Current Working Papers:
- Bombs, Broadcasts and Resistance: Allied Intervention and Domestic Opposition to the Nazi Regime During World War II (with Ruben Enikolopov, Maria Petrova, and Hans-Joachim Voth), 2020, CEPR DP15292. VOXeu Column
- Does online fundraising increase charitable giving? A nation-wide field experiment on Facebook (with Anselm Hager), 2020, WZB Working Paper SP II 2020–302, R&R at Management Science.
- Charitable giving by the poor. A field experiment in Kyrgyzstan (with Rustamdjan Hakimov and Steffen Huck), 2020, WZB Working Paper SP II 2019–305r.
- Voluntary “donations” versus reward-oriented “contributions:” Two experiments on framing in funding mechanisms (with Steffen Huck), 2020, WZB Working Paper SP II 2016–308r, R&R at Experimental Economics.
- Can fundraising harm your core business? A field experiment on how fundraising affects ticket sales (with Steffen Huck), 2019, WZB Working Paper SP II 2019–304.
- Personalized fundraising: A field experiment on threshold matching of donations (with Steffen Huck), 2019, WZB Working Paper SP II 2019–306r.
- COVID-19 and pro-sociality: the effect of pandemic severity and increased pandemic awareness on charitable giving (with Julian Harke), video presentation.
- Tax-price Elasticity of Charitable Donations – Evidence from the German Taxpayer Panel, 2014, WZB Working Paper SP II 2014–302.
Work in progress:
- Cultural divide and the new radical right-wing party in Germany (AfD) (with Steffen Huck), preregistration documents.
How can we stimulate change in attitudes and long-term behavior? How can we encourage Greeks to pay taxes and children to read books? How can we turn nonvoters into voters and nondonors into donors? How can we eliminate xenophobia?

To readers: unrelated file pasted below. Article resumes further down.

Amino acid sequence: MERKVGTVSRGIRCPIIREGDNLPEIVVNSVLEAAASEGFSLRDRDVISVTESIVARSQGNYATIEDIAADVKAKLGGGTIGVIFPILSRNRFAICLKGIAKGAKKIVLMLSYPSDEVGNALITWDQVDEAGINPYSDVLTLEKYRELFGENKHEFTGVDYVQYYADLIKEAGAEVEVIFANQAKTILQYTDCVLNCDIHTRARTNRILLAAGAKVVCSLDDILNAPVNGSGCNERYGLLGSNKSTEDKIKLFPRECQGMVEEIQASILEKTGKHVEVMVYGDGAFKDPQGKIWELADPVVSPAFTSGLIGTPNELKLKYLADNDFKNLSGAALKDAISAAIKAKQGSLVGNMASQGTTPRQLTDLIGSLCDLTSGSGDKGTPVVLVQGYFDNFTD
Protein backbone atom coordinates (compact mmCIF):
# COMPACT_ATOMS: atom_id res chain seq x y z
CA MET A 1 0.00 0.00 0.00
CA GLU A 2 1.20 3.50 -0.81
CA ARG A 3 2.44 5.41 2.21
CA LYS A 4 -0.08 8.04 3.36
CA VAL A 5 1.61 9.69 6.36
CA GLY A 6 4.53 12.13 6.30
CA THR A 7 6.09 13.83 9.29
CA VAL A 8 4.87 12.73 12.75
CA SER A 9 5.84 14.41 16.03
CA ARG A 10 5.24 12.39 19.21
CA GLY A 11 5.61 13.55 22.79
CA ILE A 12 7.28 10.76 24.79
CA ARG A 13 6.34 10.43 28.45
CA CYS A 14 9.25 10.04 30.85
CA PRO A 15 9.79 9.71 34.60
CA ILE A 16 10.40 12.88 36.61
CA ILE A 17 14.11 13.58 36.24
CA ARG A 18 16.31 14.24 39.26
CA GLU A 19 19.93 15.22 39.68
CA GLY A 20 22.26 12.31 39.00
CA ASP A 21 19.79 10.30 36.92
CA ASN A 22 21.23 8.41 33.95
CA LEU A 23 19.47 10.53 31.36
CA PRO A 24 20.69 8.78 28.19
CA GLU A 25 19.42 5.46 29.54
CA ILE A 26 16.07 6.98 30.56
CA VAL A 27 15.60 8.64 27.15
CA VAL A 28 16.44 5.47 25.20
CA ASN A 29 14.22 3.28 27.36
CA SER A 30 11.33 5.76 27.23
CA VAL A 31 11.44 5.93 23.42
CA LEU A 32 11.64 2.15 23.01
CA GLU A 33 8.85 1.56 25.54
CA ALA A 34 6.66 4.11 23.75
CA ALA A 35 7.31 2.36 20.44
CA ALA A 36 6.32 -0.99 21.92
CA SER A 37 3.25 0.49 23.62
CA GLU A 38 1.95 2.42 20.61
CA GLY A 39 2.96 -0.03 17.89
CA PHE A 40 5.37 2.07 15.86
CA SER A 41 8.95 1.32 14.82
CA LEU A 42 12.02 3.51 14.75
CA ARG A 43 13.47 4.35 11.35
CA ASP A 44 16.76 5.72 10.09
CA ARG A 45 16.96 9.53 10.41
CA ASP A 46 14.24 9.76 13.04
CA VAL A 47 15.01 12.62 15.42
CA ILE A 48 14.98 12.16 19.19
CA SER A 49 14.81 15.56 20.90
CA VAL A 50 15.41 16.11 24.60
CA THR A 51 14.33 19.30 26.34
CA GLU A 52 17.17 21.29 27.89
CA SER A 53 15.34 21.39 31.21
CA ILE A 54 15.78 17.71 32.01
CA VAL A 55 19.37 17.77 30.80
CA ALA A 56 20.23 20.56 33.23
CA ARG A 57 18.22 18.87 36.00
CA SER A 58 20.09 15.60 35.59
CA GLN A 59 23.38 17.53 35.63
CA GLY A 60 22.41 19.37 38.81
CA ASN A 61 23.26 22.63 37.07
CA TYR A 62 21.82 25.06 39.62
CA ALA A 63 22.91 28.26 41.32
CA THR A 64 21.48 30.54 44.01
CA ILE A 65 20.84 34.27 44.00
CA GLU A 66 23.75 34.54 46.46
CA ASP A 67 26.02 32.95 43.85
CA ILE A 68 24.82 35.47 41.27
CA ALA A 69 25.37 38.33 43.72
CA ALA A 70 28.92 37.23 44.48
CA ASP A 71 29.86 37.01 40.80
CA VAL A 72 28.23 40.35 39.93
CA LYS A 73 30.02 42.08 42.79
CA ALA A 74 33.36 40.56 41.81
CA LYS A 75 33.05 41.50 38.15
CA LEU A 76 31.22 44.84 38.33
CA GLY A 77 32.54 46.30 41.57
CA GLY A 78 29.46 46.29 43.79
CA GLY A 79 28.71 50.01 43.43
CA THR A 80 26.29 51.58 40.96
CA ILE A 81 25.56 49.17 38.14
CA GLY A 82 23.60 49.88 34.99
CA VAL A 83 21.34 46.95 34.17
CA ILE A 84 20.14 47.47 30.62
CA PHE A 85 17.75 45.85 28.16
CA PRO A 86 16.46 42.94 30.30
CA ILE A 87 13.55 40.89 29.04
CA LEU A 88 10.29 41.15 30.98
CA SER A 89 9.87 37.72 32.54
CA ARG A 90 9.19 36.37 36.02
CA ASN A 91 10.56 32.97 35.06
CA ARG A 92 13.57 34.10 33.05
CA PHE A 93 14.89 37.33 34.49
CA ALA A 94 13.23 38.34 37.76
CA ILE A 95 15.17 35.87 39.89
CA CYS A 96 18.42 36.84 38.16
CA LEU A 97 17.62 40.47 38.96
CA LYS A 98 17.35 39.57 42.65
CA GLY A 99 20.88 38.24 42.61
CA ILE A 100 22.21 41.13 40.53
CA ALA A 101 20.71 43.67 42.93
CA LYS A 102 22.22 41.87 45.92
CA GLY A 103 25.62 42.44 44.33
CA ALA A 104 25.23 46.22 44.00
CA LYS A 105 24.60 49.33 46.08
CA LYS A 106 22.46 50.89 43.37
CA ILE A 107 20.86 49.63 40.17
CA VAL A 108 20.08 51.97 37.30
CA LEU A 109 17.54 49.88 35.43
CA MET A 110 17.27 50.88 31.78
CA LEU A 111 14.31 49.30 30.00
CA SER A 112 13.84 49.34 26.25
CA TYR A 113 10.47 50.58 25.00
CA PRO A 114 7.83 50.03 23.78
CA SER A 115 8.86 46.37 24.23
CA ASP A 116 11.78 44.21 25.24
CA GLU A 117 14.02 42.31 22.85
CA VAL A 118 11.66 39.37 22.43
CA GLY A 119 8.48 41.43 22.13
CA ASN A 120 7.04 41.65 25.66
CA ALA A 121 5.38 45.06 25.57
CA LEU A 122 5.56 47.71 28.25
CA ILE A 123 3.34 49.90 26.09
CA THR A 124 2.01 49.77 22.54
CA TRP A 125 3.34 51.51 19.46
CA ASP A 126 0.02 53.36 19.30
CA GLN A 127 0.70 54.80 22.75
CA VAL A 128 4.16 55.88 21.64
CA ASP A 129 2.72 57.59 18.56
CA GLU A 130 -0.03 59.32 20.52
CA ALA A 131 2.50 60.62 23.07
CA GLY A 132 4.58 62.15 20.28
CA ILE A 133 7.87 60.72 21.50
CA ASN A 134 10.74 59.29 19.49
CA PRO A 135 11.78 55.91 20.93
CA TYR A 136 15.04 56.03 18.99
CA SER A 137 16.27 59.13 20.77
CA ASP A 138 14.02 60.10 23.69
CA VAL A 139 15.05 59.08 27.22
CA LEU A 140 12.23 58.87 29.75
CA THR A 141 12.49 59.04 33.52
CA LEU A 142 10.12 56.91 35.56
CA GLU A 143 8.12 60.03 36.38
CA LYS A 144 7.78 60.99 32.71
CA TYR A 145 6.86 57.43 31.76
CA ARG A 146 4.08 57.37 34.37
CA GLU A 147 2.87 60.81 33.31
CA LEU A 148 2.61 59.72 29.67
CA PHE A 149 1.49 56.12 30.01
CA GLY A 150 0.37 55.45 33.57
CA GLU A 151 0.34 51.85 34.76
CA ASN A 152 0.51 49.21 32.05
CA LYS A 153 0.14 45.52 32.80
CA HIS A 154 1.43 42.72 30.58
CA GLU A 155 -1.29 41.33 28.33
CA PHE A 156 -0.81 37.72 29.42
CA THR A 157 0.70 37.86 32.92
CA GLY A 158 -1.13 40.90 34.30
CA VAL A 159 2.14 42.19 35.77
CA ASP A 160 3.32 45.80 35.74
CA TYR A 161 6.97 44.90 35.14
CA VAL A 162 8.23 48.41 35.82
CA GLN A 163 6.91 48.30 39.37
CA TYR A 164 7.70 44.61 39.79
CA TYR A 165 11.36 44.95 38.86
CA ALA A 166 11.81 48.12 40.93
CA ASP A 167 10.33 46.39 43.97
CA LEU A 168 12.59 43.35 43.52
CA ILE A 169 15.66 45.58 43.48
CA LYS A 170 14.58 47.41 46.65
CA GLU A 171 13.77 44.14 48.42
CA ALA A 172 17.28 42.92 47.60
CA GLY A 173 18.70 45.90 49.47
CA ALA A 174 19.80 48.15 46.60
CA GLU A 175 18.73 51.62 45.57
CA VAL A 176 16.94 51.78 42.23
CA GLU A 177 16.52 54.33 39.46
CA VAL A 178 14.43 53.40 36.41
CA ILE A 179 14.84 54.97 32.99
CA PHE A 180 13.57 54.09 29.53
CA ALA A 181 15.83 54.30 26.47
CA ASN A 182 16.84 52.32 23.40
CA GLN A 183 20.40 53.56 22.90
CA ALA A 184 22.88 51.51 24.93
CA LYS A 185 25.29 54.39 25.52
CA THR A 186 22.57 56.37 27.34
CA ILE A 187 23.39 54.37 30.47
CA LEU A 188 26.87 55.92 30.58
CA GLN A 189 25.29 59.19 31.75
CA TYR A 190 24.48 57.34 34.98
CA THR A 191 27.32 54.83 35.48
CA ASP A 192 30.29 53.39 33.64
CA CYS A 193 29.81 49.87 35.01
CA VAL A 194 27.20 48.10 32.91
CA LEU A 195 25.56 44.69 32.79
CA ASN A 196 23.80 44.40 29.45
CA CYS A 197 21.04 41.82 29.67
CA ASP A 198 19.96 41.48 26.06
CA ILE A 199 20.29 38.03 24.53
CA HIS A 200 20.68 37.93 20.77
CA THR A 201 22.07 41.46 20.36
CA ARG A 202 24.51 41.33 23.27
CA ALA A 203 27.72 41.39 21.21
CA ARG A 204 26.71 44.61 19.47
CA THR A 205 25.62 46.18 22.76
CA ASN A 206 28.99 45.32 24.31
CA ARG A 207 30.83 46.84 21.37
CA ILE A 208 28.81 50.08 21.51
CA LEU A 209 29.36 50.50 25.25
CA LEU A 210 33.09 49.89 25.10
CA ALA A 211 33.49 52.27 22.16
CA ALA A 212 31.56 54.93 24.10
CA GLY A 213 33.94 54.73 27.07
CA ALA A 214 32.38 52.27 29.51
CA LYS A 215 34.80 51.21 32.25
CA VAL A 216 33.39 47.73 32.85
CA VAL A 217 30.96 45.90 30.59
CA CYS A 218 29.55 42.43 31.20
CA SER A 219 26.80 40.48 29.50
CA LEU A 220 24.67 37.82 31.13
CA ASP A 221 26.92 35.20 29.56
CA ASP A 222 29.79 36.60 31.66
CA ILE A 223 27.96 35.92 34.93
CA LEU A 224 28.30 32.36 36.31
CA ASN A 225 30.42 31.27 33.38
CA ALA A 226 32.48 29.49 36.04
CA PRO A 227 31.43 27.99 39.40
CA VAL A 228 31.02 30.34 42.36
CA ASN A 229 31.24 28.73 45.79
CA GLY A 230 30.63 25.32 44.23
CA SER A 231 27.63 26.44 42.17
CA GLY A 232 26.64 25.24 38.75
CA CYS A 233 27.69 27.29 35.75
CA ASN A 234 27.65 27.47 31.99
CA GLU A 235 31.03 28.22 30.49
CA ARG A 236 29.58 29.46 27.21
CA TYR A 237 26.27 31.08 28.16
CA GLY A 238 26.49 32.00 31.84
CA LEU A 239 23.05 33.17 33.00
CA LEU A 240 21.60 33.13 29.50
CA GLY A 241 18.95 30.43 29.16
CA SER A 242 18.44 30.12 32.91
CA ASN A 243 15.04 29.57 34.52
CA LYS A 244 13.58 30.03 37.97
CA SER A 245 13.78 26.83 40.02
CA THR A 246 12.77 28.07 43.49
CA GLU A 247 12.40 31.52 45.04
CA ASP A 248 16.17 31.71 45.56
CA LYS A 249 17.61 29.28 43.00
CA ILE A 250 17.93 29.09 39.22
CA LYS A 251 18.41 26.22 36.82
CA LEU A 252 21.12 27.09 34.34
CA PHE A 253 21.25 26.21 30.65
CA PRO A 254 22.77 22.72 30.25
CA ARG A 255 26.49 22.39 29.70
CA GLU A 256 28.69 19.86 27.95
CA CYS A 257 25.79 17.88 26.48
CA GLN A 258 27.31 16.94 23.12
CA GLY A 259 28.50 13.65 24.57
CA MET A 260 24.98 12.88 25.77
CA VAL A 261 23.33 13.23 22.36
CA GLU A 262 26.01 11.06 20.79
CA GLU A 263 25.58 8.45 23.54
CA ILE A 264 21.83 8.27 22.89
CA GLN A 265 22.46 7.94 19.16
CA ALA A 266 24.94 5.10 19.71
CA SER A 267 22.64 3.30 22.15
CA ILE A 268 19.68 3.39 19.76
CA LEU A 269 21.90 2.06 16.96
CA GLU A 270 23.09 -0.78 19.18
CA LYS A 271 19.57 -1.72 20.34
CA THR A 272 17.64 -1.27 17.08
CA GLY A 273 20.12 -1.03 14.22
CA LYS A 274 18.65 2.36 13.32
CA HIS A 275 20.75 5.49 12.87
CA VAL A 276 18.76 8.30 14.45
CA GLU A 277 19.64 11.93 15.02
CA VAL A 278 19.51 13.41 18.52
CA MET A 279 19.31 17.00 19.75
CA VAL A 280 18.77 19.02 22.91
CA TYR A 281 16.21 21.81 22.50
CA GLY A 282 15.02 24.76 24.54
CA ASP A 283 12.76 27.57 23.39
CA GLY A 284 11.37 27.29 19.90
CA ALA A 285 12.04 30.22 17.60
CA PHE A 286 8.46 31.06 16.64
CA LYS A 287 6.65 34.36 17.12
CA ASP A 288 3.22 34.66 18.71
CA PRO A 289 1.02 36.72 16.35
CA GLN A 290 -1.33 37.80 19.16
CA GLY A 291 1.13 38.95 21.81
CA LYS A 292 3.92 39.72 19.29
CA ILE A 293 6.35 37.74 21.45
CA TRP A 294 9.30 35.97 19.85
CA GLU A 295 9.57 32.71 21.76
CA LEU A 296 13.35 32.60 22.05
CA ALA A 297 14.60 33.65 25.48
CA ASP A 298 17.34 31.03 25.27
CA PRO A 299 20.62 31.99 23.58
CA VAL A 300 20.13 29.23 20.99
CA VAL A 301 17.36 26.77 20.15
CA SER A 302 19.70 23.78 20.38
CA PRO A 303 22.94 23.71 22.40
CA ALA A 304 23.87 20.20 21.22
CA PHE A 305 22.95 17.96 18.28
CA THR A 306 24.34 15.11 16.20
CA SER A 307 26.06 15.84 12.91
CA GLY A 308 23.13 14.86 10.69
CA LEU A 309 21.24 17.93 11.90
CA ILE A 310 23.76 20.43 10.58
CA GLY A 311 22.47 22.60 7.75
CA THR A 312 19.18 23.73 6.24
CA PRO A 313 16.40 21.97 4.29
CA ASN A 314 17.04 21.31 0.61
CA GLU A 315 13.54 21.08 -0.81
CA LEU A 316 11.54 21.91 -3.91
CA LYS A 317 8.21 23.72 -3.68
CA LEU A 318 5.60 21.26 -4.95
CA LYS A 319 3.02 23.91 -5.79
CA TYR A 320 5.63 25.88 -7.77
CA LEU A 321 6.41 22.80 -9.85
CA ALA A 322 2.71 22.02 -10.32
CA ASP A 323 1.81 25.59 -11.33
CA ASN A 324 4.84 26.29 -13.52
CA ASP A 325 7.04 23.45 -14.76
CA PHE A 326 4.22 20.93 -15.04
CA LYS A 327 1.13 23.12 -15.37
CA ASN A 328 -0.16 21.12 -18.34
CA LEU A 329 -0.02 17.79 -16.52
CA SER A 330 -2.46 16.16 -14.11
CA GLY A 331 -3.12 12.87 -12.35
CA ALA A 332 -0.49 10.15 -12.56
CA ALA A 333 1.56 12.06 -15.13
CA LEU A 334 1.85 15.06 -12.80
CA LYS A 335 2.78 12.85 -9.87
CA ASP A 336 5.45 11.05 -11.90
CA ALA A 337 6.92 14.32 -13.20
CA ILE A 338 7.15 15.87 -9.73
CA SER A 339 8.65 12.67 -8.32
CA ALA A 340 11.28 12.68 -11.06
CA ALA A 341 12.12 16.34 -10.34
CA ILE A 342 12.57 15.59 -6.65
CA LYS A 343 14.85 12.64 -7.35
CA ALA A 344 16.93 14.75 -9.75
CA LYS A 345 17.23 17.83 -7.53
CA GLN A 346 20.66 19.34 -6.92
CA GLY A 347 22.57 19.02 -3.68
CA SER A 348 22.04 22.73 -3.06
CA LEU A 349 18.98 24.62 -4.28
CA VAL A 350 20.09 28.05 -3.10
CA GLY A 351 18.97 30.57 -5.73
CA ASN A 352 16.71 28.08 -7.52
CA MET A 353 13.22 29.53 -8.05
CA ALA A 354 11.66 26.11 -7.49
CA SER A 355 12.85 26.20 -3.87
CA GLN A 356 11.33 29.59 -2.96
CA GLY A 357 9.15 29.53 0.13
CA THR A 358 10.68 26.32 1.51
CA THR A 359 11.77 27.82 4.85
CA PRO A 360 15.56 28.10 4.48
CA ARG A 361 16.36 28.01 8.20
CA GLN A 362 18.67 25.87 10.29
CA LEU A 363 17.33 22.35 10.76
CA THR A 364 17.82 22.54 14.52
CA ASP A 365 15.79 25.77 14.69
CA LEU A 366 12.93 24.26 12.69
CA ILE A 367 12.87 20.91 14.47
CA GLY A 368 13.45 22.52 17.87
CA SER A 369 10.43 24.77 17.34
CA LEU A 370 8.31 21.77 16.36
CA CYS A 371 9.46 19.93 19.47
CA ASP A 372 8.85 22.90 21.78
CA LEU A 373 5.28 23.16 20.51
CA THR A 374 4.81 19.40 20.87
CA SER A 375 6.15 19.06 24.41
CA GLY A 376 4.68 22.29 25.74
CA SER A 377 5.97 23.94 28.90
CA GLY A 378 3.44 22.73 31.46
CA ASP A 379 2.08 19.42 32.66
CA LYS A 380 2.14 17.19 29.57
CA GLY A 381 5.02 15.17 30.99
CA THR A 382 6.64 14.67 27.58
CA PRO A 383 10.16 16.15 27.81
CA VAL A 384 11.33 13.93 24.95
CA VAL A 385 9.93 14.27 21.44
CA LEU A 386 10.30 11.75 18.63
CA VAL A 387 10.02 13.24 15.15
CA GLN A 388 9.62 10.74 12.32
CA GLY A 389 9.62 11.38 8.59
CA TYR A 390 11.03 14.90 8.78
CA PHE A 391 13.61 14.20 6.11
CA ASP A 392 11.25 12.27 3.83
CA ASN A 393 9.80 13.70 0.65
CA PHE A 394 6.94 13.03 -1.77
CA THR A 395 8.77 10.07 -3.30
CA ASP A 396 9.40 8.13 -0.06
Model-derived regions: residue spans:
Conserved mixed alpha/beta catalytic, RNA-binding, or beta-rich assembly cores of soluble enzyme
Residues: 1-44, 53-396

A parent might explain to a child the danger of the hot stove again and again but only when she touches it she learns a lesson for life. And some experiences are even so persistent that they outlive generations. For example, medieval anti-Jewish pogroms seem to have led to a higher acceptance of xenophobic violence centuries later in the places where they happened than in similar places without pogroms (Voigtländer and Voth 2012). Those extreme events result in permanent (positive or negative) shifts in behavior patterns. Policy makers are interested in achieving long-lasting positive changes in citizens’ beliefs and actions but, in practice, taking such exceptional measures is either not feasible or cannot be justified on ethical grounds. What interventions can one then design to achieve deep learning and shifts in behavior patterns? Why do some interventions work and others fail despite high investment?
The possible solutions include incentives, institutions, persuasive communication, and education. My research aims at better understanding which of those are applicable and why they might fail nonetheless.